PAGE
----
BBC Sport reporter David Ornstein has stated Wenger won't activate the buy-back option to re-sign his former prodigy from FC Barcelona:
Arsenal have informed Barcelona they won't be exercising buy-back option on Fabregas. He was keen but #afc not seeking a creative midfielder— David Ornstein (@bbcsport_david) June 5, 2014
Ornstein has also noted that Wenger has different priorities in this summer's transfer market:
Fabregas now open to market & future likely to be sorted in next few weeks. #Afc priority striker & right-back + will get back-up goalkeeper— David Ornstein (@bbcsport_david) June 5, 2014
Despite some of the hand-wringing and vitriol attached to Wenger's supposed duty to return Fabregas to North London, Arsenal have no need for the gifted Spaniard.
Why would the club need Fabregas when its own midfield ranks are currently bulging with talented, creative playmakers? In particular, the Gunners boast Mesut Ozil and Aaron Ramsey, two players who combine the very best of Fabregas.
Ozil, despite some lame showings during his debut season in the English Premier League, can certainly match the creative output Fabregas can muster. Meanwhile, Ramsey, a player who always had untapped potential, has finally proved he can be the scoring threat Fabregas is.
Wedging Fabregas into this Arsenal team would require either moving him out of position or forcing others into uncomfortable roles. In what context and under what rationale are either of those things ever a good idea?
But wait, you can hear it now—the cackle of disappointed voices snarling and bellowing that Fabregas can play different positions. He can play deep, wide or even as a false 9, don't you know.
But ask yourselves this: If Fabregas is so effective as football's equivalent of the chameleon, why are Barcelona content to sell? Yes, they have ample talent in central areas, but why not keep Fabregas in one of the other positions he apparently plays so well?
The answer, of course, is simple. Fabregas, like any other player, is best in the position that most naturally suits him. The reality is that Arsenal are well-stocked with central schemers and wannabe No. 10s.
In truth, Wenger already has too many of that player, a fact Ornstein claims is weighing heavily on the Frenchman's mind:
Mesut Ozil arrived at Arsenal from Real Madrid last summer for a club-record £42.4m on a five-year contract, while the likes of Aaron Ramsey, Santi Cazorla, Jack Wilshere, Alex Oxlade-Chamberlain and Tomas Rosicky are all part of Wenger's plans.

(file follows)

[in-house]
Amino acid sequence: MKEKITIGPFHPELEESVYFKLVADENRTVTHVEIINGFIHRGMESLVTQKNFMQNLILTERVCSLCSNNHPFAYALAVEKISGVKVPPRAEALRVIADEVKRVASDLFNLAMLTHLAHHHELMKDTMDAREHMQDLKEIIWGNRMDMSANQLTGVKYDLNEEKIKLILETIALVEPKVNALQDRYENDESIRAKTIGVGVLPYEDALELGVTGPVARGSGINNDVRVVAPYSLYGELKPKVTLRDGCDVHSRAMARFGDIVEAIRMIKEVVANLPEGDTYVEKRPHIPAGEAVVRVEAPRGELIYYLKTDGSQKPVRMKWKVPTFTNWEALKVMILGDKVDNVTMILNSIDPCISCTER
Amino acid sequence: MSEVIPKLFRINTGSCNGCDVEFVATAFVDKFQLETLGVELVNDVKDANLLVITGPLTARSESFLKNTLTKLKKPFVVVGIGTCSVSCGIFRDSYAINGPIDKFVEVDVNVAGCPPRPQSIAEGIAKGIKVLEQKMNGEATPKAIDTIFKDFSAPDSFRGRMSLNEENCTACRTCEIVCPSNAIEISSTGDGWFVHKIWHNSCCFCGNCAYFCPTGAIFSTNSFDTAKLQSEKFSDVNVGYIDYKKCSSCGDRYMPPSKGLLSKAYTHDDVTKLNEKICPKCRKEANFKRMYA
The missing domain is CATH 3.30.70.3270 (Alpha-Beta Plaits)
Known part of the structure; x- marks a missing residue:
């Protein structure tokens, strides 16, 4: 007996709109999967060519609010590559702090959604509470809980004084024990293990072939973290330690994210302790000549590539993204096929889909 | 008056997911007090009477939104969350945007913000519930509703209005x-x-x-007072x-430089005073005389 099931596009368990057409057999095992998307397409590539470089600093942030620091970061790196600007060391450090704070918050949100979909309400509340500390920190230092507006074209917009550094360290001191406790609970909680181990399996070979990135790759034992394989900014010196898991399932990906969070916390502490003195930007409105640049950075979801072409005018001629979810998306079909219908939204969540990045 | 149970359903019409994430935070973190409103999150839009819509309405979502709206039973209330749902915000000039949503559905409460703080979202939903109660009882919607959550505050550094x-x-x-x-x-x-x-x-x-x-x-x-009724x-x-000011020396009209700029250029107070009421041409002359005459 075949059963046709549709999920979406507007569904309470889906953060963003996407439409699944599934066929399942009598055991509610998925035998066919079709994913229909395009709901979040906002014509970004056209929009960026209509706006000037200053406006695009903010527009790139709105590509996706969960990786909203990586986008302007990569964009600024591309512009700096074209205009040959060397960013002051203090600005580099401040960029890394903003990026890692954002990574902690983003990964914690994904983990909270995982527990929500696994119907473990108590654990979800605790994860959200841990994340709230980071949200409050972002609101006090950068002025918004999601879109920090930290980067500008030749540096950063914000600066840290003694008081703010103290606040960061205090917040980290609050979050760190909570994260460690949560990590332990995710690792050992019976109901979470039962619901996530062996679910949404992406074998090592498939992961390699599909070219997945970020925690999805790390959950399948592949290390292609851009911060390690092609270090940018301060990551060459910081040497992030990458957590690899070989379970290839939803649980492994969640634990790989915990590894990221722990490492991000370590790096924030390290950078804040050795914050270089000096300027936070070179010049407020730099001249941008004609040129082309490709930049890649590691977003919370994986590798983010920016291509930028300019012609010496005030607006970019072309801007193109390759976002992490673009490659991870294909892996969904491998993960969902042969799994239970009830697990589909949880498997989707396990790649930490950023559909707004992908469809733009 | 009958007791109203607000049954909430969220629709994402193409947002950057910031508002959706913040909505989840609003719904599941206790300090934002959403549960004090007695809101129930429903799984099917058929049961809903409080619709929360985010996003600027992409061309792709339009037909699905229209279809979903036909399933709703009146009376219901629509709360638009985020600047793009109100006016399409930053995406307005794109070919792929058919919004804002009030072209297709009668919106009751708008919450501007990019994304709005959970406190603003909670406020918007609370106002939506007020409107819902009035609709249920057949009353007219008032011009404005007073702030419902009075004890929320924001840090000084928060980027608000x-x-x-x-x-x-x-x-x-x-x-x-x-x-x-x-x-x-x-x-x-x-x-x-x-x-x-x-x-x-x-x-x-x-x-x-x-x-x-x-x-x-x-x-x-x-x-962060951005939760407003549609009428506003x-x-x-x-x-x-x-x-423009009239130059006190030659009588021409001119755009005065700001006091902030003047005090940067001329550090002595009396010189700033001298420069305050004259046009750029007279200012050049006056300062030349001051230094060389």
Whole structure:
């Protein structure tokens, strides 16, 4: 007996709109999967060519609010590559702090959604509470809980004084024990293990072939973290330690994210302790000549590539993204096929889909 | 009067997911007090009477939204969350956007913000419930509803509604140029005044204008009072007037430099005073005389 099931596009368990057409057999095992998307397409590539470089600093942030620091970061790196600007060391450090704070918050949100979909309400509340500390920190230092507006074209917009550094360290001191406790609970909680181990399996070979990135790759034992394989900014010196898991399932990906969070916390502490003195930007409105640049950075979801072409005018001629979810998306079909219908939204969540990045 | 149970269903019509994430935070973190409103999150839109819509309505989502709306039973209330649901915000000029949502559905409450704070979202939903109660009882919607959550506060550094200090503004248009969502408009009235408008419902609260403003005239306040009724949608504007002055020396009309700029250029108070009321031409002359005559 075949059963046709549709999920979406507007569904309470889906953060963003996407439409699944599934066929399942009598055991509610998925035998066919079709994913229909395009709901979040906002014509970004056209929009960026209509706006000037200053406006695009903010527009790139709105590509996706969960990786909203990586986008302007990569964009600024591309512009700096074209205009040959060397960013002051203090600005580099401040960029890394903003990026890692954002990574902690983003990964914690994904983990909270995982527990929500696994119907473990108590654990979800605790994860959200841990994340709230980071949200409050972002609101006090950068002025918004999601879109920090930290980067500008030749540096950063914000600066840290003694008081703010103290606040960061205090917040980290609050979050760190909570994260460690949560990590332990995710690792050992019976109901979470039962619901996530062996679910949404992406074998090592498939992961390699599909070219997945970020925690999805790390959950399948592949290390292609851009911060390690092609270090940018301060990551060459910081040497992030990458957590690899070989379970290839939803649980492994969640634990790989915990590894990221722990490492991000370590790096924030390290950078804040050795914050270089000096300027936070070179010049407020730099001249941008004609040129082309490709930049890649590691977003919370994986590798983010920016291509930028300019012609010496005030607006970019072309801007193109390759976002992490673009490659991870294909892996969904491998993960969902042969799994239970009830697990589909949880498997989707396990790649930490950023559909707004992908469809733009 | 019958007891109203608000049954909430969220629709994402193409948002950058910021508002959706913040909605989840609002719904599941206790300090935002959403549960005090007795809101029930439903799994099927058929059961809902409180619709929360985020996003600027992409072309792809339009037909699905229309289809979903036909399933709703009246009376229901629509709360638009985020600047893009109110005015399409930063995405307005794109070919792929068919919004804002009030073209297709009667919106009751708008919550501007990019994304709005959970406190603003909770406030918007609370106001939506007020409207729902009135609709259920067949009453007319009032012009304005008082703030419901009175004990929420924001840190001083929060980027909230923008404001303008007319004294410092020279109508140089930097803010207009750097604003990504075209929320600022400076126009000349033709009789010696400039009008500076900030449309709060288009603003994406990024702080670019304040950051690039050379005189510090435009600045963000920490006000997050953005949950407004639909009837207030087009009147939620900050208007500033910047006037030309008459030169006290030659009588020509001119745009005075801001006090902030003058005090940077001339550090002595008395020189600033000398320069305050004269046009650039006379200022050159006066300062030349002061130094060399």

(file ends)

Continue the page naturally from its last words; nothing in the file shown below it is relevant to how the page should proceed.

Arsenal's priority is to bring in a striker to compete with Olivier Giroud and a right-back to replace Bacary Sagna, with goalkeeping cover also needed after the exit of Lukasz Fabianski.
The Arsenal boss has a hard enough time accommodating the playmakers he already has, so why on earth would he add another? Wenger's real task in midfield is identifying the right combination and balance of the talent he has, not swelling the ranks and creating selection dilemmas in a disjointed squad.
Once he gets those numbers right, Wenger's next step must be finding targets for his clutch of creators to supply. That naturally makes reinforcements at striker a more worthy investment than Fabregas.
Can anyone really argue that a new striker should be Wenger's main focus? If you think you can, then consider this as a rebuttal.
Wenger can choose to spend big at a position where Olivier Giroud is the starter and was backed up last season by Yaya Sanogo and Nicklas Bendtner. Or he can part with the required £30 million, per The Telegraph's Matt Law, to add Fabregas to a group already containing the club's record signing and its player of the season for 2013/14.
Now be honest, which would you really choose?
Of course, it's not necessarily a straight choice between buying Fabregas or a striker, nor should it be. Arsenal do have other needs, which is exactly the point.
Buying Fabregas won't cover up for deficiencies elsewhere. A faltering title challenge and fourth place lies down that path.
Arsenal need a right-back to replace Bacary Sagna along with a quality deputy goalkeeper to succeed Lukasz Fabianski. The latter's value was underlined by the fact that the Gunners wouldn't have won the FA Cup without him.
But wait, those dissenting voices are back to tell you Arsenal can afford both Fabregas and a high-profile striker. After all, the club has £100 million to spend, per Daily Mail reporter Sami Mokbel.
Maybe so, but does any fan really believe Wenger will ever make two £30 million signings in one summer? Honestly, why would he when the smarter move is to supplement one headline addition with a few reasonably priced solid citizens?
Finally, if the main motivation for re-acquiring Fabregas is to prevent him from signing with an EPL rival, then it's time to start supporting another club, or maybe even follow another sport.
Yet on a side note, if Fabregas is the Arsenal loyalist he is portrayed as, he'd never sign for Chelsea, especially Chelsea managed by arch-Wenger antagonist Jose Mourinho.
But if he does make that move, will Fabregas make the West London club stronger? Of course he will.
But does that automatically mean Arsenal will be left behind? Why on earth would it?
Other title contenders are going to sign big players. That's a fact of life Wenger is powerless to stop.
What he can do is ensure he sticks to his own plan for strengthening Arsenal. That plan has to be based on an honest assessment of where this team's weaknesses are.
Attacking midfield is certainly not one of them, so that has to mean saying no to a Fabregas reunion.
Wenger's current team is fully stocked with creativity. His task now is to build around it, not load up on more.
Turning his back on Fabregas is absolutely the right move.